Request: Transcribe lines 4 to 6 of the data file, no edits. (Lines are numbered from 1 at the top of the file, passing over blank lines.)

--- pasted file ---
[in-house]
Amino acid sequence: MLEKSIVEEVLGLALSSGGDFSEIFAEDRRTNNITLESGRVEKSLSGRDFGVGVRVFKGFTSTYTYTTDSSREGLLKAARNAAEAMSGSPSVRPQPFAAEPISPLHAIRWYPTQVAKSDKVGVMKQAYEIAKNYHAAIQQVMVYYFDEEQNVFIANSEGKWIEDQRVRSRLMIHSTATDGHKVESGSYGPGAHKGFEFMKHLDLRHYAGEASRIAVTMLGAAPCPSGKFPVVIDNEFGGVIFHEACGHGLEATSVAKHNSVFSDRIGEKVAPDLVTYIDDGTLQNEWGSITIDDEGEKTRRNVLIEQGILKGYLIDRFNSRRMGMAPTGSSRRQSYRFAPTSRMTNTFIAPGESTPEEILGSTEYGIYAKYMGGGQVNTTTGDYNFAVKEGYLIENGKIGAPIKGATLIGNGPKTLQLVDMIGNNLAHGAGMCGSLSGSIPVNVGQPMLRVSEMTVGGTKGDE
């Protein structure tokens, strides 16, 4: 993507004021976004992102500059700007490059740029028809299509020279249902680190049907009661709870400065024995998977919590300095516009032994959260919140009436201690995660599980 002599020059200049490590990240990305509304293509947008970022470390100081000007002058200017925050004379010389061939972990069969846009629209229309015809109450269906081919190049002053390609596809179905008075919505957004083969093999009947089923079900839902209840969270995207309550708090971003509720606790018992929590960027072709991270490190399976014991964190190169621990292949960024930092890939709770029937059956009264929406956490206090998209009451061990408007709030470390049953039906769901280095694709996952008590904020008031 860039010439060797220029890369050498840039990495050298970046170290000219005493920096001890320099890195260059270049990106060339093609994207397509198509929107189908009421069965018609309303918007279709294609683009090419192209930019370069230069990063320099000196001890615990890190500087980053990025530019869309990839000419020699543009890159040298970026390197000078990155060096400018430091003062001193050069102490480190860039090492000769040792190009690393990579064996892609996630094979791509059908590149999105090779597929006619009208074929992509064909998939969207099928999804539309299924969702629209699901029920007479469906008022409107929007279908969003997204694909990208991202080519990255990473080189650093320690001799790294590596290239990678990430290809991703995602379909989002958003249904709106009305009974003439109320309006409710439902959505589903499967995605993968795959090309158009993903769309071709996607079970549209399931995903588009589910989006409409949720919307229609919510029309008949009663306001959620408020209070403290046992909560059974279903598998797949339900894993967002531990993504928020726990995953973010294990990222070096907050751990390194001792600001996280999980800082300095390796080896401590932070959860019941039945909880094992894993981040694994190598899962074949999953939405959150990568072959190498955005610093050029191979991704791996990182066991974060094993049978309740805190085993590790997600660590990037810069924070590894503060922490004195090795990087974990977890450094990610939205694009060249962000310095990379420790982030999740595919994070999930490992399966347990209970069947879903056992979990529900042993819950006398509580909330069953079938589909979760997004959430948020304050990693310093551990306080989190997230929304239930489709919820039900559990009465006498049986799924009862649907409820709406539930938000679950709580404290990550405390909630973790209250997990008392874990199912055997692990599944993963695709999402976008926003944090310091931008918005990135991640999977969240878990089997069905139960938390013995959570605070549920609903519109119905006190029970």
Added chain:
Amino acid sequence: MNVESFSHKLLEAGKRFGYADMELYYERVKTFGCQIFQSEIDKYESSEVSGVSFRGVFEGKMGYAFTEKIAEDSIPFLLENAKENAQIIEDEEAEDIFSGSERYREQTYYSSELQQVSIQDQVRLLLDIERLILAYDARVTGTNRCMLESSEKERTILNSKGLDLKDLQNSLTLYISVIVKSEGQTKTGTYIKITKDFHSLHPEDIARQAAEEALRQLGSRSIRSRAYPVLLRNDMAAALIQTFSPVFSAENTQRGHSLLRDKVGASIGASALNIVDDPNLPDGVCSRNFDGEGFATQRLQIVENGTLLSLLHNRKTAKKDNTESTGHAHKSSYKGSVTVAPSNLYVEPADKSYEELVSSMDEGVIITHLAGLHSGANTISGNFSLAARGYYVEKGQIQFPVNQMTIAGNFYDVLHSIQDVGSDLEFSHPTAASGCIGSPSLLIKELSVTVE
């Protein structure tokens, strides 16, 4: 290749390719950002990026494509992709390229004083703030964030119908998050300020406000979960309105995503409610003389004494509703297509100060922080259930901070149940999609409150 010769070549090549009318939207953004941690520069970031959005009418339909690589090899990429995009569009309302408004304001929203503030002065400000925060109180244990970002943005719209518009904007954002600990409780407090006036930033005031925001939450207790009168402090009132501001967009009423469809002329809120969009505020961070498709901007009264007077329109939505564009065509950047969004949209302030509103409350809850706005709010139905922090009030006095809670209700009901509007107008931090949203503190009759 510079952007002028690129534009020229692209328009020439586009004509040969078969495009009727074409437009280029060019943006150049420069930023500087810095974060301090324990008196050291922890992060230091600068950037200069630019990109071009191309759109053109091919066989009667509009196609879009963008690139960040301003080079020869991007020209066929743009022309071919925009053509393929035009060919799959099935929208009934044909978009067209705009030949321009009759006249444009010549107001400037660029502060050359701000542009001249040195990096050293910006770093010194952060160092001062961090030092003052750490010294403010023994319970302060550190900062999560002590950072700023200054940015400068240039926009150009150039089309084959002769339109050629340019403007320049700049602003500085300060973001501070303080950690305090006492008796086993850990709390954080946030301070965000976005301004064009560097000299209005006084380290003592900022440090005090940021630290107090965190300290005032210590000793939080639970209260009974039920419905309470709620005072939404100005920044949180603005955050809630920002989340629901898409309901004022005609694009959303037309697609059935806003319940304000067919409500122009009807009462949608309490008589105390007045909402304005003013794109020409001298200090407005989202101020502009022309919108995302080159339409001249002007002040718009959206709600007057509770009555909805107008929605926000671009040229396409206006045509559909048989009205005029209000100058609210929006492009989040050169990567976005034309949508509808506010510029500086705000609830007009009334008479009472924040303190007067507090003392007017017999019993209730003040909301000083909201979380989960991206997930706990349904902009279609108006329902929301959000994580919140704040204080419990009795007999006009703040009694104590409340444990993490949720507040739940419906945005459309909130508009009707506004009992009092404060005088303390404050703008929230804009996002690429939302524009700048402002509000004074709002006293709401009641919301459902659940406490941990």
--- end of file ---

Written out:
Added chain:
Amino acid sequence: MNVESFSHKLLEAGKRFGYADMELYYERVKTFGCQIFQSEIDKYESSEVSGVSFRGVFEGKMGYAFTEKIAEDSIPFLLENAKENAQIIEDEEAEDIFSGSERYREQTYYSSELQQVSIQDQVRLLLDIERLILAYDARVTGTNRCMLESSEKERTILNSKGLDLKDLQNSLTLYISVIVKSEGQTKTGTYIKITKDFHSLHPEDIARQAAEEALRQLGSRSIRSRAYPVLLRNDMAAALIQTFSPVFSAENTQRGHSLLRDKVGASIGASALNIVDDPNLPDGVCSRNFDGEGFATQRLQIVENGTLLSLLHNRKTAKKDNTESTGHAHKSSYKGSVTVAPSNLYVEPADKSYEELVSSMDEGVIITHLAGLHSGANTISGNFSLAARGYYVEKGQIQFPVNQMTIAGNFYDVLHSIQDVGSDLEFSHPTAASGCIGSPSLLIKELSVTVE
């Protein structure tokens, strides 16, 4: 290749390719950002990026494509992709390229004083703030964030119908998050300020406000979960309105995503409610003389004494509703297509100060922080259930901070149940999609409150 010769070549090549009318939207953004941690520069970031959005009418339909690589090899990429995009569009309302408004304001929203503030002065400000925060109180244990970002943005719209518009904007954002600990409780407090006036930033005031925001939450207790009168402090009132501001967009009423469809002329809120969009505020961070498709901007009264007077329109939505564009065509950047969004949209302030509103409350809850706005709010139905922090009030006095809670209700009901509007107008931090949203503190009759 510079952007002028690129534009020229692209328009020439586009004509040969078969495009009727074409437009280029060019943006150049420069930023500087810095974060301090324990008196050291922890992060230091600068950037200069630019990109071009191309759109053109091919066989009667509009196609879009963008690139960040301003080079020869991007020209066929743009022309071919925009053509393929035009060919799959099935929208009934044909978009067209705009030949321009009759006249444009010549107001400037660029502060050359701000542009001249040195990096050293910006770093010194952060160092001062961090030092003052750490010294403010023994319970302060550190900062999560002590950072700023200054940015400068240039926009150009150039089309084959002769339109050629340019403007320049700049602003500085300060973001501070303080950690305090006492008796086993850990709390954080946030301070965000976005301004064009560097000299209005006084380290003592900022440090005090940021630290107090965190300290005032210590000793939080639970209260009974039920419905309470709620005072939404100005920044949180603005955050809630920002989340629901898409309901004022005609694009959303037309697609059935806003319940304000067919409500122009009807009462949608309490008589105390007045909402304005003013794109020409001298200090407005989202101020502009022309919108995302080159339409001249002007002040718009959206709600007057509770009555909805107008929605926000671009040229396409206006045509559909048989009205005029209000100058609210929006492009989040050169990567976005034309949508509808506010510029500086705000609830007009009334008479009472924040303190007067507090003392007017017999019993209730003040909301000083909201979380989960991206997930706990349904902009279609108006329902929301959000994580919140704040204080419990009795007999006009703040009694104590409340444990993490949720507040739940419906945005459309909130508009009707506004009992009092404060005088303390404050703008929230804009996002690429939302524009700048402002509000004074709002006293709401009641919301459902659940406490941990």